Articulating tubes on roller claws

I know that I’ve seen teams articulate tubes to a desired angle, but they used 2 separate motors. Does anyone know of any way to accomplish the same thing but using only one motor?

Thanks!

Yes, You connect the motor and one set of rollers to one output of a bevel gear differential and the other set of rollers to the other output. By locking the differential case in place, the rollers spin in opposite directions rotating the tube within the claw, by locking the two outputs together, the rollers spin in the same direction to intake or release the tube. Now the real challenge is working out how to lock the outputs to each other and the case to the claw.

An idea that we played with, but never really got working, was to have the top and bottom roller both connected to the same motor, using pulleys, but having the top roller geared somewhat faster. This makes it so you can suck the tube in, then continue to suck in and it will rotate up. Put a backstop so the tube can only rotate so far, and all you have to do is suck in till the tube hits the stop.

11’s roller claw worked this way. Big wheels on top slightly tilted the tubes upward.

You’re probably definitely going to need 2 motors to articulate a tube.

I think it could be done with one. It wouldn’t be the most elegant solution, or the lightest, but I think it could be done.

What I’m thinking is something like a dog shifter, with a “forward” mode, a “reverse” mode with a second gear to reverse the belt, and a “neutral” mode (in between forward and reverse) for slower articulation. Alternatively, you could just have the “neutral” mode.

Now, if you want to count any servos used as motors, then yeah, that is 2 motors.

Well let’s look at this. You want to be able to achieve 4 states:

------R
| <- (Pull Tube In)
-----R

------F
| (Push Tube Out) ->
-----F

------F
| (Rotate tube counter clockwise)
-----R

------R
| (Rotate tube Clockwise)
-----F

With a motor and a standard gearbox you have only two possible states Forward and Reverse. Similarly you have pneumatics with two states In and Out. In order to get 4 states using those devices you need at least two of them (2x2 = 4), many people on this thread have suggested novel ways of utilizing a servo or pneumatic in combination with a motor, however none are simpler than just using two motors.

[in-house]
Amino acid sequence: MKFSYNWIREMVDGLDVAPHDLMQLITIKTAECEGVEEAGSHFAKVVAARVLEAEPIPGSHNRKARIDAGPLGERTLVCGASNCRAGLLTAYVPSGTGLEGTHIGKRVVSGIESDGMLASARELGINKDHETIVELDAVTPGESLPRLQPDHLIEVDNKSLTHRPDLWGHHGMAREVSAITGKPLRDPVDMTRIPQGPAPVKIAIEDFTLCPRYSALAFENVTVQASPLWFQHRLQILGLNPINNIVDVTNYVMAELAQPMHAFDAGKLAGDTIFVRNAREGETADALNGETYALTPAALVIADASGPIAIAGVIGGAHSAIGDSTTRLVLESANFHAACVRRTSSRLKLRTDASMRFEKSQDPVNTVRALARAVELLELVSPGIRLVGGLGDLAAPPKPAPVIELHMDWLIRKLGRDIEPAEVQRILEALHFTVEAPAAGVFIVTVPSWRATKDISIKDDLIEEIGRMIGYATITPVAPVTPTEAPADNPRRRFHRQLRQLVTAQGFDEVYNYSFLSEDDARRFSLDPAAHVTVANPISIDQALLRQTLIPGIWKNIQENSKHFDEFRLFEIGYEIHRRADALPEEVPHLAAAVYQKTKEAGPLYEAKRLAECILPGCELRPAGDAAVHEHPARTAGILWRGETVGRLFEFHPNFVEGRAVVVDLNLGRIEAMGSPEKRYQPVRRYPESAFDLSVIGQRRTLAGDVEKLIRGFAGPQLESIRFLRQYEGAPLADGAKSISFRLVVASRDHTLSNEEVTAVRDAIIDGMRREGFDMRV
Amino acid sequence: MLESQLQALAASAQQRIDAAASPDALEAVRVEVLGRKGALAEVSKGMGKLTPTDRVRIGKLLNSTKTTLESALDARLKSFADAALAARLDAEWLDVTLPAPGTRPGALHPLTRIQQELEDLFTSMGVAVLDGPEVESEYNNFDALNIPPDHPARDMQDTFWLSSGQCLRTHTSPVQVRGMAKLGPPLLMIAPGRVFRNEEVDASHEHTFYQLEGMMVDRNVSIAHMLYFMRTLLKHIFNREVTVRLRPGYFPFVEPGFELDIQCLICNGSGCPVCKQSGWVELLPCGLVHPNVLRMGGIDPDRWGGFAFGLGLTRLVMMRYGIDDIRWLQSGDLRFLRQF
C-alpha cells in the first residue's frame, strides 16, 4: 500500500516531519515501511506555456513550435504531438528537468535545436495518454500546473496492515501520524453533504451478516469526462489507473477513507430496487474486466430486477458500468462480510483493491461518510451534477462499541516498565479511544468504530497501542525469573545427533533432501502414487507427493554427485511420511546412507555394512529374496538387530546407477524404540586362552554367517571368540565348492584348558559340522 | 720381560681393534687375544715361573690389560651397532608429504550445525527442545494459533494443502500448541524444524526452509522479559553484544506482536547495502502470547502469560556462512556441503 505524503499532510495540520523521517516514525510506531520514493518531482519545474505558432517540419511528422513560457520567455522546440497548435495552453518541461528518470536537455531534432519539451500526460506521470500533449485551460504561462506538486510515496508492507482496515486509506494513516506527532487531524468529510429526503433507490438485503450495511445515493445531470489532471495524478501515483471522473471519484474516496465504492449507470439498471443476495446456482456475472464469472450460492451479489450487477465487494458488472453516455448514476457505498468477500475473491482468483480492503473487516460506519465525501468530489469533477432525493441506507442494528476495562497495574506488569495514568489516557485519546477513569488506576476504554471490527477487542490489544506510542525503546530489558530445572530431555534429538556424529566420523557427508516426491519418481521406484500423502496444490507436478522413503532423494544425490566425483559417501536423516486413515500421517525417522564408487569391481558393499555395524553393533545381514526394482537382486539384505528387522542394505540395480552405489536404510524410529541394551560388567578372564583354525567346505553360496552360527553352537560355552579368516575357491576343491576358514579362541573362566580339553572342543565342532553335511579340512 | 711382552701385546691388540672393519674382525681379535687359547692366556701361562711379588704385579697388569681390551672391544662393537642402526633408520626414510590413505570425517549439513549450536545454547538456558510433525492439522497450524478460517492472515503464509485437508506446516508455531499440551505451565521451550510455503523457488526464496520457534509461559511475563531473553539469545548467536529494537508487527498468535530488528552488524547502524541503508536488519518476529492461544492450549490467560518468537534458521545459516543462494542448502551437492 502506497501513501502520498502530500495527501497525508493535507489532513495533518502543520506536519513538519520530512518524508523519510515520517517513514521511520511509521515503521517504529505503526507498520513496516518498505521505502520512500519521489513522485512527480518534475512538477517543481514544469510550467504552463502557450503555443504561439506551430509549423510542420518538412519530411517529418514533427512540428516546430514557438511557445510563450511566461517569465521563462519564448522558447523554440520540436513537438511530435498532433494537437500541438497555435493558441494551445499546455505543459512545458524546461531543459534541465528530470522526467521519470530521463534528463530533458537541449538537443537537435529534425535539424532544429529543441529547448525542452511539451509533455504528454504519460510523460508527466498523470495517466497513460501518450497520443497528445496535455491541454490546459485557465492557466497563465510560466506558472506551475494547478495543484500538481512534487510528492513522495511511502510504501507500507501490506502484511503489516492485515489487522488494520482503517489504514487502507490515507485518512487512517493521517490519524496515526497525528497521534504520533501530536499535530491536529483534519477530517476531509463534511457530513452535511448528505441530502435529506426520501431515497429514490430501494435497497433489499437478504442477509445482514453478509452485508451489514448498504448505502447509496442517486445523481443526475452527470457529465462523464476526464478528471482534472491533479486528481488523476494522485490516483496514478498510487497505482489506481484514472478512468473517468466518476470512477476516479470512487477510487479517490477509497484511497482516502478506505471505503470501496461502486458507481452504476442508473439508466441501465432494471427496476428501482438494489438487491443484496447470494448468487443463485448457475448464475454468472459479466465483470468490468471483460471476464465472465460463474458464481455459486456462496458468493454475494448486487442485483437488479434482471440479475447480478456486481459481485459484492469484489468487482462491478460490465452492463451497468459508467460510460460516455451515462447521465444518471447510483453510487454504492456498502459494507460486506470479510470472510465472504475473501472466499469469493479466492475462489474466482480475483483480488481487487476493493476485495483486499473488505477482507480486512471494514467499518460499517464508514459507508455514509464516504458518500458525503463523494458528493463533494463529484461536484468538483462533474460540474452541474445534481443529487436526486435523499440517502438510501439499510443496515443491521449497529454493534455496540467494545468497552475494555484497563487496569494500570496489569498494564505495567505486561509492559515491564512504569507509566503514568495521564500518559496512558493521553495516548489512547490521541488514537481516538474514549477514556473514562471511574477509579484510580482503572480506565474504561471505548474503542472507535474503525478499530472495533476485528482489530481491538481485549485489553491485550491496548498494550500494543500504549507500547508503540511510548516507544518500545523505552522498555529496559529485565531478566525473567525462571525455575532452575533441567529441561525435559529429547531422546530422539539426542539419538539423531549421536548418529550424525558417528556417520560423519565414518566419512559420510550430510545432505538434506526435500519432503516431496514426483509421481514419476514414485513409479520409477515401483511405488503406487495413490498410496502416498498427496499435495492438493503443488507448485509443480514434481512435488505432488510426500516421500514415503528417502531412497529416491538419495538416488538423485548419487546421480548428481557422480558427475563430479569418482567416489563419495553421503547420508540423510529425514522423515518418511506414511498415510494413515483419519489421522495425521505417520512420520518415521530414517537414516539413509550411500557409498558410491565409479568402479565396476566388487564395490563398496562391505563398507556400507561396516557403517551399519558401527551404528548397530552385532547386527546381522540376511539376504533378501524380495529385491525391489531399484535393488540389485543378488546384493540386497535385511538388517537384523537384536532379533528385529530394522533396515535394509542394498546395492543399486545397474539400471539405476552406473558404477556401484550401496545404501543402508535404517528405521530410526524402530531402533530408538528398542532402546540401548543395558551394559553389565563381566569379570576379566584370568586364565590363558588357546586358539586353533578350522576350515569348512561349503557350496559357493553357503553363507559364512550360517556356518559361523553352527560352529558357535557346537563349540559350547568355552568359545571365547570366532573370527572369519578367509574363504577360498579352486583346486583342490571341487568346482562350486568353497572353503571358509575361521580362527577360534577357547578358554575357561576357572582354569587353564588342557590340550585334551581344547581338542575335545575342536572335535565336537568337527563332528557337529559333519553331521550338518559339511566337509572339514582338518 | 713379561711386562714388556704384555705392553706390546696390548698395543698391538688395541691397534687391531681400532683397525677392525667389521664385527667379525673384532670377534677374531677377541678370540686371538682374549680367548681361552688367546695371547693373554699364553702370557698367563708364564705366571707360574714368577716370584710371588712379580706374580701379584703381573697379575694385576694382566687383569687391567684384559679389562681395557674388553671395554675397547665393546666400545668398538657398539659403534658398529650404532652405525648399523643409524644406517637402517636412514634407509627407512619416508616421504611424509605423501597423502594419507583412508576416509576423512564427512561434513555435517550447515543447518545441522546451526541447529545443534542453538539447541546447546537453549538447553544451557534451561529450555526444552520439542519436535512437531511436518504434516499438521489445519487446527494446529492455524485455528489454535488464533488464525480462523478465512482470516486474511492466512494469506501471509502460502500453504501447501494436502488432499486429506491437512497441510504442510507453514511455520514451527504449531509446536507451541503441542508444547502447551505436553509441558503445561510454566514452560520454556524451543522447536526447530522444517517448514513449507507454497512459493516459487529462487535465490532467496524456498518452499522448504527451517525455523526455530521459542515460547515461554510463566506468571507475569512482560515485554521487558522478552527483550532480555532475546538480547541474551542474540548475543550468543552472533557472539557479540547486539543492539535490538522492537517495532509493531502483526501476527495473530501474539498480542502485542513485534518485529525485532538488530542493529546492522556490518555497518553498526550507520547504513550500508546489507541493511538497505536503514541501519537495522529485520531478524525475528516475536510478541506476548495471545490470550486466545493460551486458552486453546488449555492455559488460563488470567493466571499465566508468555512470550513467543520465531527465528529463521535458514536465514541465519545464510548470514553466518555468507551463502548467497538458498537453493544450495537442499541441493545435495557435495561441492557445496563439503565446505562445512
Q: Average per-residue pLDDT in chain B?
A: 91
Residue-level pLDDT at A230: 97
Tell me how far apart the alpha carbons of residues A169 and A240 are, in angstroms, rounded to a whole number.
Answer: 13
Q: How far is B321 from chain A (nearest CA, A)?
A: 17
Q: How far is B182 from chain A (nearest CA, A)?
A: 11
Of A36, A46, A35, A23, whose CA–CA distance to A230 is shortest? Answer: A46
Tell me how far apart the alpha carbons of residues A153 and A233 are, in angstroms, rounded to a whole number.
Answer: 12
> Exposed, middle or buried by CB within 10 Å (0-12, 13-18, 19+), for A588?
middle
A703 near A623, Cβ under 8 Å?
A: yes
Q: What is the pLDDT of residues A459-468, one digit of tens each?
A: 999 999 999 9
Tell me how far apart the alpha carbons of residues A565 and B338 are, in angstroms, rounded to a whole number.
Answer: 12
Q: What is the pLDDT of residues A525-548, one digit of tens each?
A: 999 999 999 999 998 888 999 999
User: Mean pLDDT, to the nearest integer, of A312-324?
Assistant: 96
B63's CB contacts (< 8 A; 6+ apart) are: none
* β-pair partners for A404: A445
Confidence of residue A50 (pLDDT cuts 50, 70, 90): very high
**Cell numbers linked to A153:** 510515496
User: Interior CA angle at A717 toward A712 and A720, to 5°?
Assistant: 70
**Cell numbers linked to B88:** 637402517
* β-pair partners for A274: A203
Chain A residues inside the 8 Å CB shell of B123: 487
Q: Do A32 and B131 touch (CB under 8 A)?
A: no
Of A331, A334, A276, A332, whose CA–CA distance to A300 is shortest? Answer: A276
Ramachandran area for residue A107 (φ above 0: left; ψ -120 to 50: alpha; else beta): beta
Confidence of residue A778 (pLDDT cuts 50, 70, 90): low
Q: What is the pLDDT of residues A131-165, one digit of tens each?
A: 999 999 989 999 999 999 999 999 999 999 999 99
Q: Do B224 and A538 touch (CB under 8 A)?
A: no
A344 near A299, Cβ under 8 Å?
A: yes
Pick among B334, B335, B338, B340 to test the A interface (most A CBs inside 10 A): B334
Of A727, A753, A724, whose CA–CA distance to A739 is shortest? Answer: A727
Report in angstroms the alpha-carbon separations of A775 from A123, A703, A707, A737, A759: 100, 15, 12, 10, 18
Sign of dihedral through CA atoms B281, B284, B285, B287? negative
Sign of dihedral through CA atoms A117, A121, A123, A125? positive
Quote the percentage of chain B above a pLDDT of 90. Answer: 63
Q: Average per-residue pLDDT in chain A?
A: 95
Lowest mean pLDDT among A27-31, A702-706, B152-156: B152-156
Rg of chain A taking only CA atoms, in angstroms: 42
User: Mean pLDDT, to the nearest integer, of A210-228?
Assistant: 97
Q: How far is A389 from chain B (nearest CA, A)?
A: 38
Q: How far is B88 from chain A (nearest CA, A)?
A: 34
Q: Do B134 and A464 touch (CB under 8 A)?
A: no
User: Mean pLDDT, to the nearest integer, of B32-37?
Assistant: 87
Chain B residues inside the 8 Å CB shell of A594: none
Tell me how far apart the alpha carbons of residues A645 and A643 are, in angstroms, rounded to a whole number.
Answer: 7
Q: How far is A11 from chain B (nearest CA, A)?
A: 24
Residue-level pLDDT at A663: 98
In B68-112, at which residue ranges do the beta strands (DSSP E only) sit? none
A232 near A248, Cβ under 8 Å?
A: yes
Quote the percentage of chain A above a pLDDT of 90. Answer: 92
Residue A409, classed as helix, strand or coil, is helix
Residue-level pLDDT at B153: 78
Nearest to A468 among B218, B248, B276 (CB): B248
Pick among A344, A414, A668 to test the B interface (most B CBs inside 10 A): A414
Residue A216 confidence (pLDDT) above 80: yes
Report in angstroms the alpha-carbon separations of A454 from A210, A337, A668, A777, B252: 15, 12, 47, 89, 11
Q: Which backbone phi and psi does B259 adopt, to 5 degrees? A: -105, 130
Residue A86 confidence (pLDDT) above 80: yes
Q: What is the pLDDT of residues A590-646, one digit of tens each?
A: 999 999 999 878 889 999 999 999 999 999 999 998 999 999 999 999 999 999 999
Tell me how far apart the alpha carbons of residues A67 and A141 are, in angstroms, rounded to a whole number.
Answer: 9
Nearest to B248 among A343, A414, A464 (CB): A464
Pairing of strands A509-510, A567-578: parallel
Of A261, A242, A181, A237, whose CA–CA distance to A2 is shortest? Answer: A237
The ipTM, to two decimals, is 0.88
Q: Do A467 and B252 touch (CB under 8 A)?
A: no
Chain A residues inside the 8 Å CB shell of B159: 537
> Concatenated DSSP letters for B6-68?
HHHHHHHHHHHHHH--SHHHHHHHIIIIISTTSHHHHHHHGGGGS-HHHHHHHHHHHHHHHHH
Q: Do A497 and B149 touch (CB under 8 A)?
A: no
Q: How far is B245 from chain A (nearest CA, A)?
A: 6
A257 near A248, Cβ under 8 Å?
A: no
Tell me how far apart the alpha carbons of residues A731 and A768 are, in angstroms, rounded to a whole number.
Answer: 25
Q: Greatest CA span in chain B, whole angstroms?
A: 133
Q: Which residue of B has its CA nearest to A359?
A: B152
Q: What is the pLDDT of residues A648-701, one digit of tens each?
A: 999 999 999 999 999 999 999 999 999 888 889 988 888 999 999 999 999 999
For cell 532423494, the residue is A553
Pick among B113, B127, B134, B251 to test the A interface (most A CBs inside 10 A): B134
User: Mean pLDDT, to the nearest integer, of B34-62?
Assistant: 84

The ONLY way you could do what you want using just one motor and nothing else would be to increase the number of possible states the motor can have. This could be done by creating a centrifugally shifting version of the gearbox that EricH recommended, for example. Such a gearbox would allow intake and output at high speeds and change its output to allow rotation at low speed. This is probably the WORST solution suggested to date as it is crazy complicated, but it is the only way to achieve what you want with just one motor.

tl;dr Use two motors!

• Alex

It sounds like a much more fun challenge if you limit the mechanism to using only one degree of actuation! I can think of a few approaches, but they all inevitably end up using more hardware than simply hooking up two motors to drive the rollers.

This was a good lesson we took from last year; if you minimize the degrees of freedom of a manipulator you can make a system that is in theory simpler than one that uses more actuators, but the final result typically ends up being more complicated than simply using multiple motors. Still, that won’t stop us from trying… manipulators that utilize minimal actuators have a nice appeal.

The lightest simplest design is to use 2 motors in this case. Adding a linkage or switching system adds complexity and failure points. This is a case of bad engineering practice. Remember just because you can make something doesn’t mean you should. Complex mechanisms like that have been the downfall of more FRC robots than anything else over the years.

If you want to arbitrarily orient the tube, then two motors is the simplest option.

But I would argue that there is not a lot of value in being able to arbitrarily rotate the tube, in and of itself. Typically, there is one orientation you want those tubes to be in when you go to score. So being able to rotate the tube is only useful in that you can bring any tube you pick up or are carrying to that orientation.

If getting the tube you picked up into your desired scoring orientation is your goal, there are several one-motor ways to make it happen. You can design your roller claw such that the geometry forces tubes to be sucked in to the correct orientation.

340’s roller claw this year oriented tubes pretty consistently from what I saw at Chesapeake. They used one motor (I think) and a series of rollers to suck tubes in while also turning them to vertical. Here’s a picture for reference: http://www.chiefdelphi.com/media/photos/36576